At this point, I imagine you might also be wondering: “But what about the errors? Who is going to correct me?” Well, thanks to the internet, you have the opportunity to share your writing and any doubts you might have with several online communities and also with the Chatterbug Team. Also, another easy solution is to use a translation tool to check how accurate what you just wrote is. Use this sparingly though!
You snooze, you lose
It is no secret that unfortunately there is no magic potion to help us memorize all the new words, pronunciations and grammatical rules that come with a new language. That’s the reason why constantly reviewing and reinforcing what you are learning is so important in the process of language acquisition.
We have all experienced how memory works. You study for a final exam and a couple of months later you cannot even remember what it was about. Something similar often happens with languages as well. How many of you have said or heard the following sentence: “I studied French at school, but it was a long time ago and I don’t remember that much anymore”. This doesn’t mean we all have poor memory, it just means that often, if we don’t regularly practice and review what we have learned, what we learn won’t stay in our long-term memory.
Even though you complete your time of daily self- study and you may practice often, all this information needs to pass from your short-term memory to your long-term memory. The only way to do that is through repetition or like I mentioned before: a review. If you go to the activities section on Chatterbug, you’ll find the cards with the content that you’re struggling with, the option to review cards from specific lessons, and more. This will help you to commit things to memory and also to test yourself a bit about what you’ve learned before.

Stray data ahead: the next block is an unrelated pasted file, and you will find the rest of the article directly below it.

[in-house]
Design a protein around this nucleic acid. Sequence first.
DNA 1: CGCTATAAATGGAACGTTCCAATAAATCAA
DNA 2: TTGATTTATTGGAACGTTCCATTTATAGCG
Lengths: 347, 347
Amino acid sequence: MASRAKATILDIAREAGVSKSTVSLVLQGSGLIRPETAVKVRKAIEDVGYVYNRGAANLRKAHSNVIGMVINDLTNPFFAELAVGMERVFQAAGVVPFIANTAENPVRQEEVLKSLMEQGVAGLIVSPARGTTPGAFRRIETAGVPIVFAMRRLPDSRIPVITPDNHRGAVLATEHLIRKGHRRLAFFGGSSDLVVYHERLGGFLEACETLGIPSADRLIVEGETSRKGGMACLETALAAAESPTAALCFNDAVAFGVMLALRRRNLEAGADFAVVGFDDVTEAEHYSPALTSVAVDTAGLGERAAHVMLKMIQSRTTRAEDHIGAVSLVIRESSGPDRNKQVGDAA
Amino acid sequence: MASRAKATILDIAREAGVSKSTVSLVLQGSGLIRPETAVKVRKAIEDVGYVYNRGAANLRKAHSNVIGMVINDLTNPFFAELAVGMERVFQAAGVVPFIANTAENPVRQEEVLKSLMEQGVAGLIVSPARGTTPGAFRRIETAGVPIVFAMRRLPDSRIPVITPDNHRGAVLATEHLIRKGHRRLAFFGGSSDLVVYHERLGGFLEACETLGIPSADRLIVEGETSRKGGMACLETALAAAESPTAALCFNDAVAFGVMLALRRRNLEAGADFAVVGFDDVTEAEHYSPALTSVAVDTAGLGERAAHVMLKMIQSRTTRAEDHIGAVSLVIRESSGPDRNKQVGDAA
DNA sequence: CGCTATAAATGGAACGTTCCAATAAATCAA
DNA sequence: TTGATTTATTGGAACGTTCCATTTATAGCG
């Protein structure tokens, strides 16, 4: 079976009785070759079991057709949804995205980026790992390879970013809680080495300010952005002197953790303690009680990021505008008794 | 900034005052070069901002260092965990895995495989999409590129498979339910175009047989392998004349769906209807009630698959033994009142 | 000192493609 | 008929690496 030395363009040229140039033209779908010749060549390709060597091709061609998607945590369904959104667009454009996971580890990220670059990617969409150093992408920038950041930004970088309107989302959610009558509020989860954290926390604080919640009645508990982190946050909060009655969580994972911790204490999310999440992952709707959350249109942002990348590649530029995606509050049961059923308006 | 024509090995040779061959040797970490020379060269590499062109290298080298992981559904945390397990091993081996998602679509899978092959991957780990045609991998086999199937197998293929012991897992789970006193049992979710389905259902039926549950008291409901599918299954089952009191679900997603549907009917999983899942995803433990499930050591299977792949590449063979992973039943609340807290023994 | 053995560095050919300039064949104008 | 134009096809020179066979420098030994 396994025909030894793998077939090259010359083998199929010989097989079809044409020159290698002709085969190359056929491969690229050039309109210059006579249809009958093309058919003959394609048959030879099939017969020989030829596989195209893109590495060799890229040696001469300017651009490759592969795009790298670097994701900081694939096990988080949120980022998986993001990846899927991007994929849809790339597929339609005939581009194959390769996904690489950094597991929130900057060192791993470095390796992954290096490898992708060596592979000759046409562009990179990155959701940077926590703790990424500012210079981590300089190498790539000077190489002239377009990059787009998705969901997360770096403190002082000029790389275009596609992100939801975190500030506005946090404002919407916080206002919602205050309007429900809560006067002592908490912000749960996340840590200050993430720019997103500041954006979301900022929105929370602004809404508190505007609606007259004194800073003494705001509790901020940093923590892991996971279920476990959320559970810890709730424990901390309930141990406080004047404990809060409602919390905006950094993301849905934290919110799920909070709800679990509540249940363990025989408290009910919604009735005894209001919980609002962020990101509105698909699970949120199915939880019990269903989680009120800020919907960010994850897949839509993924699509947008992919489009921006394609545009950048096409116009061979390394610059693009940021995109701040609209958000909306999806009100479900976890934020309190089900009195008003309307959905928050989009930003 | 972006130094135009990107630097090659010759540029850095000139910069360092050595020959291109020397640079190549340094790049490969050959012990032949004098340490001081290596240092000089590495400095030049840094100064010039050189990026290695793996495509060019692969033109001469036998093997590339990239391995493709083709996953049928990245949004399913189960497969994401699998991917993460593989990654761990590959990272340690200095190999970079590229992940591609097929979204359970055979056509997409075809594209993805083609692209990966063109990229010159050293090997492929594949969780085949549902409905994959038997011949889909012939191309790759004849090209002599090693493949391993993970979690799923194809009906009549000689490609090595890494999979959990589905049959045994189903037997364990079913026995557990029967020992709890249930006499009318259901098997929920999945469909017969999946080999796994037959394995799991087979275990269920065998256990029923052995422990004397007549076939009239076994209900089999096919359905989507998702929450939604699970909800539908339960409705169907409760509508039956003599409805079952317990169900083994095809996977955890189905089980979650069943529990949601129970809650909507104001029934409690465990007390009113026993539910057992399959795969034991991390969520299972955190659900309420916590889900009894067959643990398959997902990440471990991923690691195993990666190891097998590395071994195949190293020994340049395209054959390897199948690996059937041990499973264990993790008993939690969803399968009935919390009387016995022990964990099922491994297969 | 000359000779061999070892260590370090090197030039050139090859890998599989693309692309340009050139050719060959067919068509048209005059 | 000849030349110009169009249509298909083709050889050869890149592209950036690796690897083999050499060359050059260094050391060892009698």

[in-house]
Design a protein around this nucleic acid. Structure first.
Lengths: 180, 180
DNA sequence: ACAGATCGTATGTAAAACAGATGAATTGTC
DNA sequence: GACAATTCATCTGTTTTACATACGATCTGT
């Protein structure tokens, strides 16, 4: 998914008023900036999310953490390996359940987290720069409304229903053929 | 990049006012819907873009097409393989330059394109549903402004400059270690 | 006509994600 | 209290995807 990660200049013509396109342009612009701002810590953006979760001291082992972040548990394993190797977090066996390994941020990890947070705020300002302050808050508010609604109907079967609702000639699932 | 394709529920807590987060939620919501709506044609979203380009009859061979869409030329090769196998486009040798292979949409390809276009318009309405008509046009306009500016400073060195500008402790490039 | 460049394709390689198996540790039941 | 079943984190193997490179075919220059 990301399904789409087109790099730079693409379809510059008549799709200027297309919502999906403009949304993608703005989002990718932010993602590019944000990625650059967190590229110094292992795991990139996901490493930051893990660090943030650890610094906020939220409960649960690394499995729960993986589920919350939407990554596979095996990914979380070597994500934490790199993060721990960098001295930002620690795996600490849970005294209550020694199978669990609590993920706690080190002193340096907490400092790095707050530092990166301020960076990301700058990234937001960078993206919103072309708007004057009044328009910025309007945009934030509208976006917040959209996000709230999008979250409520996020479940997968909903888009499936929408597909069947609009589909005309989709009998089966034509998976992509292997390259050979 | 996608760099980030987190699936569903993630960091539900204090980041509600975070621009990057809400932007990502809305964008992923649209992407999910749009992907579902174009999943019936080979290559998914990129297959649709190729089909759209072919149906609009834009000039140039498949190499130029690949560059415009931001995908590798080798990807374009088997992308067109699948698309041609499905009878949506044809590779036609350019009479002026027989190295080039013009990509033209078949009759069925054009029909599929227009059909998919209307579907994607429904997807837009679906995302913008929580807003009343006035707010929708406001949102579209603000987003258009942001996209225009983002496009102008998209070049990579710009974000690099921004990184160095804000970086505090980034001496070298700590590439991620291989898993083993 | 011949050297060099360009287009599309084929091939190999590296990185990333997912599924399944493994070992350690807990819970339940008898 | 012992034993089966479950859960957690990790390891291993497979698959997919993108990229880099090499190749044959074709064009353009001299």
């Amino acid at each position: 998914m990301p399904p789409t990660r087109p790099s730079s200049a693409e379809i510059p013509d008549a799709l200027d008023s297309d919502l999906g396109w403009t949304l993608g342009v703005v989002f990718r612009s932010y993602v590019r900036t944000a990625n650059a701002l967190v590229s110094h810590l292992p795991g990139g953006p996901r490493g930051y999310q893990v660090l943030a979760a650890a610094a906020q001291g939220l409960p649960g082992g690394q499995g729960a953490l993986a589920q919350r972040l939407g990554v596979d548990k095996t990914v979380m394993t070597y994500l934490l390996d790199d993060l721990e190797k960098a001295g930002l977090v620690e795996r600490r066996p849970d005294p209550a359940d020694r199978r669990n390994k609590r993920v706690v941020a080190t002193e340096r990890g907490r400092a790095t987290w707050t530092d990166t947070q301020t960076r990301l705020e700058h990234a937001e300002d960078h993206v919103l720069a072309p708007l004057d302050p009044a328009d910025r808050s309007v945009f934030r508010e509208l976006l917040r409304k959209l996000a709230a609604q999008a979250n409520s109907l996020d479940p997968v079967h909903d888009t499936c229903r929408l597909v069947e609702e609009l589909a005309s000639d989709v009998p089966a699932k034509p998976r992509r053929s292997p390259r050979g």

Chatterbug Live Lessons are great!
Learning a new language will always include the great and interesting incentive of being able to meet a whole new group of people by interacting with native speakers of the language we are learning who we weren’t able to have conversations with before. Nevertheless, during the learning process, when we aren’t fluent yet, it is not always easy to find the right person that can help us to practice that wants to help us as much as we want to learn.
Moreover, most everyday conversations are not that long and useful since you might not know the person well yet or simply because you end up speaking in English or another common language (not the target one) in order to make the conversation faster and easier.
I would like to strongly recommend that you make sure to take full advantage of Chatterbug’s tutors and the Live Lessons offered if you are learning a language with Chatterbug, be it German or Spanish. You won’t run out of ideas to talk about and in those 45 minutes and I can assure you that you’re going to practice the language with someone that is keen to help you with your learning progress.
Have fun learning a new language!